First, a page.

Various leaks in dosprintf (in jsprf.cpp and nsTextFormatter.cpp)

RESOLVED FIXED in mozilla35

Status

()

Core
JavaScript Engine
RESOLVED FIXED
3 years ago
3 years ago

People

(Reporter: mccr8, Assigned: gokcehankara, Mentored)

Tracking

({coverity, mlk})

Trunk
mozilla35
coverity, mlk
Points:
---

Firefox Tracking Flags

(Not tracked)

Details

(Whiteboard: [MemShrink:P3] )

Attachments

(2 attachments, 4 obsolete attachments)

(Reporter)

Description

3 years ago
Coverity reports a number of leaks in this function.  Nine places that return early fail to free |nas|.  This happens at line 660, 674, 822, 837, 880, 887, 925, 944, and 947.  Some kind of RAII class would help here.
(Reporter)

Updated

3 years ago
Whiteboard: [MemShrink]
(Reporter)

Comment 1

3 years ago
It looks like there's another copy of this function (?!?) in xpcom/glue/nsTextFormatter.cpp which has the same problem, so it might as well get fixed at the same time.
Summary: Various leaks in dosprintf (in jsprf.cpp) → Various leaks in dosprintf (in jsprf.cpp and nsTextFormatter.cpp)

Updated

3 years ago
Whiteboard: [MemShrink] → [MemShrink] [mentor=mccr8]

Comment 2

3 years ago
Is a successful outcome here fix-and-refactor, or just fix?
(Reporter)

Comment 3

3 years ago
I think just fix.  I'm not sure how you can really make the same code be callable in the JS engine and the browser.
Whiteboard: [MemShrink] [mentor=mccr8] → [MemShrink:P3] [mentor=mccr8]
Mentor: continuation@gmail.com
Whiteboard: [MemShrink:P3] [mentor=mccr8] → [MemShrink:P3]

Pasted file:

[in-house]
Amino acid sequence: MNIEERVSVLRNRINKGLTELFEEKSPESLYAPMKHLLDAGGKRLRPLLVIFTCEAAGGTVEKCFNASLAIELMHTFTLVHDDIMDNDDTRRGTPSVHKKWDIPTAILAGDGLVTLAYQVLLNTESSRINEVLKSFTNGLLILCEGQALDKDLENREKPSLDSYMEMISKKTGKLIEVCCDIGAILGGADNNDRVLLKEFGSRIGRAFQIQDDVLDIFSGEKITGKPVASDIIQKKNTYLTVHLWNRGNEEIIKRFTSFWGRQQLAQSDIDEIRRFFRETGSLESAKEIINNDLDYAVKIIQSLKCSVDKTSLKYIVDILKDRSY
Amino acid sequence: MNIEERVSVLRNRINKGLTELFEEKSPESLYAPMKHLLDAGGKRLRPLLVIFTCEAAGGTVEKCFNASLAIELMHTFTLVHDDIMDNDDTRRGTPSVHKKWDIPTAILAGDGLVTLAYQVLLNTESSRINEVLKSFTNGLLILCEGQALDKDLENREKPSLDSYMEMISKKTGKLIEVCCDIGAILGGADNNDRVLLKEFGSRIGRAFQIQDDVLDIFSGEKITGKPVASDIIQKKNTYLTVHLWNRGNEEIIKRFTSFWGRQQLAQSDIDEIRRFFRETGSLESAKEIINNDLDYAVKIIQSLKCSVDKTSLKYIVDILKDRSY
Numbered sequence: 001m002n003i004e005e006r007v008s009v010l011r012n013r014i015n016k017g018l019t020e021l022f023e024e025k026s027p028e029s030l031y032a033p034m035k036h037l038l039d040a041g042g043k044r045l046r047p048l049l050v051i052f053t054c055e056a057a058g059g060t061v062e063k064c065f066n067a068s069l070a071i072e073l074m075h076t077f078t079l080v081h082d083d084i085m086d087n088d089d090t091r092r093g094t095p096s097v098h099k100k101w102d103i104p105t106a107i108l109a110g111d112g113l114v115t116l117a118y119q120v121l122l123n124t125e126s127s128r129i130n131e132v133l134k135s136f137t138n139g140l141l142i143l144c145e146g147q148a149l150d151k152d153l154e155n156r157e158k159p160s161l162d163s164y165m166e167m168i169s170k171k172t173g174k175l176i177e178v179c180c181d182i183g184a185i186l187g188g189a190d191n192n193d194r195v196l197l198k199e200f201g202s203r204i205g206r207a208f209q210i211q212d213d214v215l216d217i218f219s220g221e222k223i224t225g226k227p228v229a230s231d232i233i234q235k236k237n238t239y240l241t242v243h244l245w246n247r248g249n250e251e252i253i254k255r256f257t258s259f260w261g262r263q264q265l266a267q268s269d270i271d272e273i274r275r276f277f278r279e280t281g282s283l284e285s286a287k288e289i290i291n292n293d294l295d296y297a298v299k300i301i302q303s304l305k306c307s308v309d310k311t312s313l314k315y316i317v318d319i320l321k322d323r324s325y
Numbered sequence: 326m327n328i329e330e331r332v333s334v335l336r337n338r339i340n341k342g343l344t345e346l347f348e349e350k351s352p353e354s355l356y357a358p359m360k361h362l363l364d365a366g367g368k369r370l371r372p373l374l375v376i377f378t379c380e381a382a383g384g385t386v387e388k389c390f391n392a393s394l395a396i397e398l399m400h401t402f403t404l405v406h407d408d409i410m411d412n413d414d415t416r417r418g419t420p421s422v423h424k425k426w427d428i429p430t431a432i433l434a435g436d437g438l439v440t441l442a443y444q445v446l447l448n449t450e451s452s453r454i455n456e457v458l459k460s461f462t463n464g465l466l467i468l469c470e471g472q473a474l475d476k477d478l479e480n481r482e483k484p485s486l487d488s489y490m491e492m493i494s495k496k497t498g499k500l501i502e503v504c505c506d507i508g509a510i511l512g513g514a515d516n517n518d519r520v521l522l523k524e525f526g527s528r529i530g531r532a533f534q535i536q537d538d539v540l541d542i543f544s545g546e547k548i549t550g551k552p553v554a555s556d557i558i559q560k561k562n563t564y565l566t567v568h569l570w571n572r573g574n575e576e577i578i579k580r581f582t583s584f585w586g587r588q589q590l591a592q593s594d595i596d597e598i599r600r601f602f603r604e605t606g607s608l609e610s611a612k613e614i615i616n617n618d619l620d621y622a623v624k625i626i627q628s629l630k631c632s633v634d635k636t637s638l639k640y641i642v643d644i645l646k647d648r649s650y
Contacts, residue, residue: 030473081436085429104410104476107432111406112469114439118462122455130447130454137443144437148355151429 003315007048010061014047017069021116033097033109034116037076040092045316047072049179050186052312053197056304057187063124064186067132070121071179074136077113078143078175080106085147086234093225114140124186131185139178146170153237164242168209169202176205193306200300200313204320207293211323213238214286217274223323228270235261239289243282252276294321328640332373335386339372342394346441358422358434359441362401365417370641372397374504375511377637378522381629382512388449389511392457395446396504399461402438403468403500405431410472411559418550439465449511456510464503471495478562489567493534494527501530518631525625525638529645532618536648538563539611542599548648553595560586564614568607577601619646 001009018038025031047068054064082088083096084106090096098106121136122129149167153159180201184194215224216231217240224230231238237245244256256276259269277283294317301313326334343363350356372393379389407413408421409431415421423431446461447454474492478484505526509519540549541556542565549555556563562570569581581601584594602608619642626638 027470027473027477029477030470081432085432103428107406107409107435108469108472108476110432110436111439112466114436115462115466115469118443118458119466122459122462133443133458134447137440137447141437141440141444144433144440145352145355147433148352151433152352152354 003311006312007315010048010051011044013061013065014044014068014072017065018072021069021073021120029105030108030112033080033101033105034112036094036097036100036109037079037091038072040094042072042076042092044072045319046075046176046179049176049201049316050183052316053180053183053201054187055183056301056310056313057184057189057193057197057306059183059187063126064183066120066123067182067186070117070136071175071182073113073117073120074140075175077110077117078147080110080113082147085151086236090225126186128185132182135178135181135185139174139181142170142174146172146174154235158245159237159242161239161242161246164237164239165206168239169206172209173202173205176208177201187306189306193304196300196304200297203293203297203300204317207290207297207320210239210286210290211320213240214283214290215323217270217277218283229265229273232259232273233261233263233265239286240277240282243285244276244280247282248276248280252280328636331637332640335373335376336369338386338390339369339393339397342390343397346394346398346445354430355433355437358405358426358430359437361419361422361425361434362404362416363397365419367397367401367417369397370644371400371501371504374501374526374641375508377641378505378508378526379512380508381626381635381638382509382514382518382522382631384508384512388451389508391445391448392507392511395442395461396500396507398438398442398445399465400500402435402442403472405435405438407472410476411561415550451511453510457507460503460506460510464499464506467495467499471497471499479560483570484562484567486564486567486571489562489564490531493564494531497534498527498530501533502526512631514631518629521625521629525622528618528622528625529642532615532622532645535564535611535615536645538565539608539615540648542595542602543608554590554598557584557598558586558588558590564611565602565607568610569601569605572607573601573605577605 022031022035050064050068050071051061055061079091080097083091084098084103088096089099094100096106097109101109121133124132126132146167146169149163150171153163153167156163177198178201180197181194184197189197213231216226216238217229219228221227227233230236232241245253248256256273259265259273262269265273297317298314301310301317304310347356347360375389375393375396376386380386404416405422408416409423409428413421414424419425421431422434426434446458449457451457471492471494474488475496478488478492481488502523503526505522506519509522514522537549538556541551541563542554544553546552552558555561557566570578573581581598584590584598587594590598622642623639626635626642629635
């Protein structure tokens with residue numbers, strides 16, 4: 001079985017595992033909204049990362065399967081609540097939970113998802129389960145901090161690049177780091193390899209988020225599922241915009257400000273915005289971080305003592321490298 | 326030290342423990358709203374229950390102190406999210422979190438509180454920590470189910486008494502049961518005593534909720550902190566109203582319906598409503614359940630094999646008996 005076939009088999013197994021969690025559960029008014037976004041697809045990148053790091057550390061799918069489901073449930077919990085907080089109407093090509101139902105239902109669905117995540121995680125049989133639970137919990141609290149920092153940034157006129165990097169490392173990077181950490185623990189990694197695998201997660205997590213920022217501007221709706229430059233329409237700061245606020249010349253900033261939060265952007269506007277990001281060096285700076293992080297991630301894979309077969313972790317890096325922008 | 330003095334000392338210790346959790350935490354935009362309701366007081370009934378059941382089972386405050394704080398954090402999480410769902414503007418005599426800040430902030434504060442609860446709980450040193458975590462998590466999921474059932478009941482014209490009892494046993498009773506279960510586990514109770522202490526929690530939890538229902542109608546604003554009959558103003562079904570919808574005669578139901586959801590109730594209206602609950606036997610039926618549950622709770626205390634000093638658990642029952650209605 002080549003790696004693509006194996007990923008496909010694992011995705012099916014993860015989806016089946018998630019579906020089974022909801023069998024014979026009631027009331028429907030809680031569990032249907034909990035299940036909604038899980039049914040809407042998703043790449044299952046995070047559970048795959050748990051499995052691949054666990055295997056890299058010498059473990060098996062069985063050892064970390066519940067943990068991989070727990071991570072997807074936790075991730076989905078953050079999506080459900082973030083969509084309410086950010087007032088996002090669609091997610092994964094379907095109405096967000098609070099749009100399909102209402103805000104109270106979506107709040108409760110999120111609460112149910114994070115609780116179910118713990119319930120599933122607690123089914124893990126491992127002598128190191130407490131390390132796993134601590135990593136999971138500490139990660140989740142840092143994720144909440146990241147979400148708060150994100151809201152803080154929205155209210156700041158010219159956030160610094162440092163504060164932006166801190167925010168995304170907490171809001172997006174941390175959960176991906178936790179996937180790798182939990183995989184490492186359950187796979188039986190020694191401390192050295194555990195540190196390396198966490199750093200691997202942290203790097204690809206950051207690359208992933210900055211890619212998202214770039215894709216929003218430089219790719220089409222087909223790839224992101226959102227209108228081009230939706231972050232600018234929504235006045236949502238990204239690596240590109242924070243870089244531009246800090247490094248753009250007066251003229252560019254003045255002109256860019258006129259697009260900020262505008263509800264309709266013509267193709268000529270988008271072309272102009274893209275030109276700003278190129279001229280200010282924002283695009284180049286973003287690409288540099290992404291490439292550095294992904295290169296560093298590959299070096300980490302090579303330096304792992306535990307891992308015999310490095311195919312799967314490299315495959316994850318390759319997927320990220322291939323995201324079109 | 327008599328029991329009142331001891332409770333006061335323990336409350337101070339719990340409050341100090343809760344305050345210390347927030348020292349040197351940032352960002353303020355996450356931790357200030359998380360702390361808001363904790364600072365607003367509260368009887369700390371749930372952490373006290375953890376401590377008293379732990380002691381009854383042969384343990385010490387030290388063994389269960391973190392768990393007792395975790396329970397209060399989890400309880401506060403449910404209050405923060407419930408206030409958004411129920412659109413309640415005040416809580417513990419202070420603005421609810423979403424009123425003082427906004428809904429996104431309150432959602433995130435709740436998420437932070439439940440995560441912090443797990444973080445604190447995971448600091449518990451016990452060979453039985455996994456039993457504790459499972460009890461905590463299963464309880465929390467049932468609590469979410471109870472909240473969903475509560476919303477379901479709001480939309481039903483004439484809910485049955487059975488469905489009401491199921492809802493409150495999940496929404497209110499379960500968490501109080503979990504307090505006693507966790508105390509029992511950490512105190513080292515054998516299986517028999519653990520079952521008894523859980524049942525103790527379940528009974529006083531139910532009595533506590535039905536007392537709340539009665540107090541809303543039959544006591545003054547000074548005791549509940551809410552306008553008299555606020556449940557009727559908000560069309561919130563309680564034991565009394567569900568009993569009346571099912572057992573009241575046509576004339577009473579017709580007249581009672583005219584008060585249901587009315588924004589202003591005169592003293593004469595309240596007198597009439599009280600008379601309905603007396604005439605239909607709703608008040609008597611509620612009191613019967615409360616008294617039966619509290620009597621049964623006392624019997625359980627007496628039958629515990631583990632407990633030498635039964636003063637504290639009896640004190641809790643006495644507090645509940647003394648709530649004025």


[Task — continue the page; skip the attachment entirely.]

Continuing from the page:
(Assignee)

Comment 4

3 years ago
Created attachment 8470525 [details] [diff] [review]
1019838.patch - Add a RAII class to fix memory leak in dosprintf

I would like to give it a try if it's ok. First time here so any help is appreciated.

I'm attaching a patch simply adding a RAII class as Andrew suggested. It compiled fine on my machine and `make check` did not fail any test so hopefully I haven't broken anything serious yet. How should I actually test whether the leak is fixed or not?
(Reporter)

Comment 5

3 years ago
You are on the right track here, but I have a few comments.

First, the constructor should just take a single argument of type NumArgState*.  This way, all of the complicated argument things that are needed to construct the NumArgState don't have to be built into the RAII class itself.  This will also allow it to be used in different situations.

Second, the destruction for |nas| in your RAII class is not correct.  If you notice, when it does properly free |nas| it does this: